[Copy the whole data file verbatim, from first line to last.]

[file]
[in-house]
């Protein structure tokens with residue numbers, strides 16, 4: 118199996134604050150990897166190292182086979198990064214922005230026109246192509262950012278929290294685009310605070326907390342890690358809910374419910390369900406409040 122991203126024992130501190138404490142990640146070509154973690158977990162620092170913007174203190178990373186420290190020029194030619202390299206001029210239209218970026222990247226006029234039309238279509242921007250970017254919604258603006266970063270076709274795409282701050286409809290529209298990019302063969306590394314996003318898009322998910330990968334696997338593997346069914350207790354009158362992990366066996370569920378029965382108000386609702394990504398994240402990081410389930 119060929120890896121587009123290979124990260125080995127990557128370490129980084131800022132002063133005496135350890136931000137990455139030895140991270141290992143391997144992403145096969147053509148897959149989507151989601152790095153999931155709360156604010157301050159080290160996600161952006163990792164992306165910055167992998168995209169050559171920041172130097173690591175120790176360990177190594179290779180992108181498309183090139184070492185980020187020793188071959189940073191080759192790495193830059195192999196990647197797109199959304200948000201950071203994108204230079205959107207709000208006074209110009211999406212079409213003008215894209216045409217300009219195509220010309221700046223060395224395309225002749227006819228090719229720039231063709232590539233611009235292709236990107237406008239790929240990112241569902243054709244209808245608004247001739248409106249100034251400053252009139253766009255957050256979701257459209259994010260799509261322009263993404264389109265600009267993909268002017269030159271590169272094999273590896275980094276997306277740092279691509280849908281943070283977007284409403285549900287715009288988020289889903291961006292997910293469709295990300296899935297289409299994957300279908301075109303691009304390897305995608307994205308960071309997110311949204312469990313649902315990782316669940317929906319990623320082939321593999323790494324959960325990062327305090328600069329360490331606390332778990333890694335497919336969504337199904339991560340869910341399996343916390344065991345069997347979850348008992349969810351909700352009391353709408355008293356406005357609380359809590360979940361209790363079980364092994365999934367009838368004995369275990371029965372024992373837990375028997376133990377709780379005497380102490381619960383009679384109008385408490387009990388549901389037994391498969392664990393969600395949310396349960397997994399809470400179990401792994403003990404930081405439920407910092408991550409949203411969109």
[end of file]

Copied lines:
[in-house]
């Protein structure tokens with residue numbers, strides 16, 4: 118199996134604050150990897166190292182086979198990064214922005230026109246192509262950012278929290294685009310605070326907390342890690358809910374419910390369900406409040 122991203126024992130501190138404490142990640146070509154973690158977990162620092170913007174203190178990373186420290190020029194030619202390299206001029210239209218970026222990247226006029234039309238279509242921007250970017254919604258603006266970063270076709274795409282701050286409809290529209298990019302063969306590394314996003318898009322998910330990968334696997338593997346069914350207790354009158362992990366066996370569920378029965382108000386609702394990504398994240402990081410389930 119060929120890896121587009123290979124990260125080995127990557128370490129980084131800022132002063133005496135350890136931000137990455139030895140991270141290992143391997144992403145096969147053509148897959149989507151989601152790095153999931155709360156604010157301050159080290160996600161952006163990792164992306165910055167992998168995209169050559171920041172130097173690591175120790176360990177190594179290779180992108181498309183090139184070492185980020187020793188071959189940073191080759192790495193830059195192999196990647197797109199959304200948000201950071203994108204230079205959107207709000208006074209110009211999406212079409213003008215894209216045409217300009219195509220010309221700046223060395224395309225002749227006819228090719229720039231063709232590539233611009235292709236990107237406008239790929240990112241569902243054709244209808245608004247001739248409106249100034251400053252009139253766009255957050256979701257459209259994010260799509261322009263993404264389109265600009267993909268002017269030159271590169272094999273590896275980094276997306277740092279691509280849908281943070283977007284409403285549900287715009288988020289889903291961006292997910293469709295990300296899935297289409299994957300279908301075109303691009304390897305995608307994205308960071309997110311949204312469990313649902315990782316669940317929906319990623320082939321593999323790494324959960325990062327305090328600069329360490331606390332778990333890694335497919336969504337199904339991560340869910341399996343916390344065991345069997347979850348008992349969810351909700352009391353709408355008293356406005357609380359809590360979940361209790363079980364092994365999934367009838368004995369275990371029965372024992373837990375028997376133990377709780379005497380102490381619960383009679384109008385408490387009990388549901389037994391498969392664990393969600395949310396349960397997994399809470400179990401792994403003990404930081405439920407910092408991550409949203411969109």